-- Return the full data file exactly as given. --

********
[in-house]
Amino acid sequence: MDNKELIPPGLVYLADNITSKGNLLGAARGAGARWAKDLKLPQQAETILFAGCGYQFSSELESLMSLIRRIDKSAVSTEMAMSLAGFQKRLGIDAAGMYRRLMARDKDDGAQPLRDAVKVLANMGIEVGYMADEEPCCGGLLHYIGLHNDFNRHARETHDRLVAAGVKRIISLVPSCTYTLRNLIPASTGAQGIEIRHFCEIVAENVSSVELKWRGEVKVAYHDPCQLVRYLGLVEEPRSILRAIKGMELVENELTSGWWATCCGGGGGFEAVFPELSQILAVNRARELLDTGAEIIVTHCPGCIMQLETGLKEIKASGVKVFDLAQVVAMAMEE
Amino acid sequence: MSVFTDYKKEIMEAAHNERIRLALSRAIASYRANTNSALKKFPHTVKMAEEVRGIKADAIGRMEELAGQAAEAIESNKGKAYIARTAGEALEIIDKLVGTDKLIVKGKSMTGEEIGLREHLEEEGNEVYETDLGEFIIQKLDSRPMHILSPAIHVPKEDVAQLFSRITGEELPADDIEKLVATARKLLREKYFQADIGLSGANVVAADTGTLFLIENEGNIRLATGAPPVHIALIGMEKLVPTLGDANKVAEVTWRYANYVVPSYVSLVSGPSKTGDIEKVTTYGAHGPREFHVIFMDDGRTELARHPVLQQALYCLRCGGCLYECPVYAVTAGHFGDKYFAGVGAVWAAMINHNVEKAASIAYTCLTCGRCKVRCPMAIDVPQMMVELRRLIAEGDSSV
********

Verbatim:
[in-house]
Amino acid sequence: MDNKELIPPGLVYLADNITSKGNLLGAARGAGARWAKDLKLPQQAETILFAGCGYQFSSELESLMSLIRRIDKSAVSTEMAMSLAGFQKRLGIDAAGMYRRLMARDKDDGAQPLRDAVKVLANMGIEVGYMADEEPCCGGLLHYIGLHNDFNRHARETHDRLVAAGVKRIISLVPSCTYTLRNLIPASTGAQGIEIRHFCEIVAENVSSVELKWRGEVKVAYHDPCQLVRYLGLVEEPRSILRAIKGMELVENELTSGWWATCCGGGGGFEAVFPELSQILAVNRARELLDTGAEIIVTHCPGCIMQLETGLKEIKASGVKVFDLAQVVAMAMEE
Amino acid sequence: MSVFTDYKKEIMEAAHNERIRLALSRAIASYRANTNSALKKFPHTVKMAEEVRGIKADAIGRMEELAGQAAEAIESNKGKAYIARTAGEALEIIDKLVGTDKLIVKGKSMTGEEIGLREHLEEEGNEVYETDLGEFIIQKLDSRPMHILSPAIHVPKEDVAQLFSRITGEELPADDIEKLVATARKLLREKYFQADIGLSGANVVAADTGTLFLIENEGNIRLATGAPPVHIALIGMEKLVPTLGDANKVAEVTWRYANYVVPSYVSLVSGPSKTGDIEKVTTYGAHGPREFHVIFMDDGRTELARHPVLQQALYCLRCGGCLYECPVYAVTAGHFGDKYFAGVGAVWAAMINHNVEKAASIAYTCLTCGRCKVRCPMAIDVPQMMVELRRLIAEGDSSV